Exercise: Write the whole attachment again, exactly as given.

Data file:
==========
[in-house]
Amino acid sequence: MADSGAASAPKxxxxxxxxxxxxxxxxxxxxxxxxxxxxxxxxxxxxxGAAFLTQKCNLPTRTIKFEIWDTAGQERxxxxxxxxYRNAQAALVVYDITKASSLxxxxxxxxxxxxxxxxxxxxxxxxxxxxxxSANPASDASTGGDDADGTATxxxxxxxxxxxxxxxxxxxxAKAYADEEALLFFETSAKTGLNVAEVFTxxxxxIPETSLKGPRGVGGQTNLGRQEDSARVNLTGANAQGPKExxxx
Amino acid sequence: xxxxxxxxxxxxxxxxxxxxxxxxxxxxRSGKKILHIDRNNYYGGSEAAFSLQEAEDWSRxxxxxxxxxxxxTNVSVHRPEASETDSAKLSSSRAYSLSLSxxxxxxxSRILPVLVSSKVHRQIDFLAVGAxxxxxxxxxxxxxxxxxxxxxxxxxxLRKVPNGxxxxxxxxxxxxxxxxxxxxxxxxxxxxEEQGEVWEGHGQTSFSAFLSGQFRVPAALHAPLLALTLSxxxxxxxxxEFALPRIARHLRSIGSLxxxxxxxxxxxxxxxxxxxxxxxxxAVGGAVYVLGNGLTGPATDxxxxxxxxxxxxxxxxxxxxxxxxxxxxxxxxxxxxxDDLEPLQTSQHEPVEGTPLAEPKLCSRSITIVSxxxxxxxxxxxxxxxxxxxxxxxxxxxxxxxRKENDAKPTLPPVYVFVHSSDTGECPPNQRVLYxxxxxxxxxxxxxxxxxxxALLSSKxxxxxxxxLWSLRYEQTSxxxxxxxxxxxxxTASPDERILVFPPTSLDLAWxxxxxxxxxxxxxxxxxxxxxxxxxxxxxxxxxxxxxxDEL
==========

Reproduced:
[in-house]
Amino acid sequence: MADSGAASAPKxxxxxxxxxxxxxxxxxxxxxxxxxxxxxxxxxxxxxGAAFLTQKCNLPTRTIKFEIWDTAGQERxxxxxxxxYRNAQAALVVYDITKASSLxxxxxxxxxxxxxxxxxxxxxxxxxxxxxxSANPASDASTGGDDADGTATxxxxxxxxxxxxxxxxxxxxAKAYADEEALLFFETSAKTGLNVAEVFTxxxxxIPETSLKGPRGVGGQTNLGRQEDSARVNLTGANAQGPKExxxx
Amino acid sequence: xxxxxxxxxxxxxxxxxxxxxxxxxxxxRSGKKILHIDRNNYYGGSEAAFSLQEAEDWSRxxxxxxxxxxxxTNVSVHRPEASETDSAKLSSSRAYSLSLSxxxxxxxSRILPVLVSSKVHRQIDFLAVGAxxxxxxxxxxxxxxxxxxxxxxxxxxLRKVPNGxxxxxxxxxxxxxxxxxxxxxxxxxxxxEEQGEVWEGHGQTSFSAFLSGQFRVPAALHAPLLALTLSxxxxxxxxxEFALPRIARHLRSIGSLxxxxxxxxxxxxxxxxxxxxxxxxxAVGGAVYVLGNGLTGPATDxxxxxxxxxxxxxxxxxxxxxxxxxxxxxxxxxxxxxDDLEPLQTSQHEPVEGTPLAEPKLCSRSITIVSxxxxxxxxxxxxxxxxxxxxxxxxxxxxxxxRKENDAKPTLPPVYVFVHSSDTGECPPNQRVLYxxxxxxxxxxxxxxxxxxxALLSSKxxxxxxxxLWSLRYEQTSxxxxxxxxxxxxxTASPDERILVFPPTSLDLAWxxxxxxxxxxxxxxxxxxxxxxxxxxxxxxxxxxxxxxDEL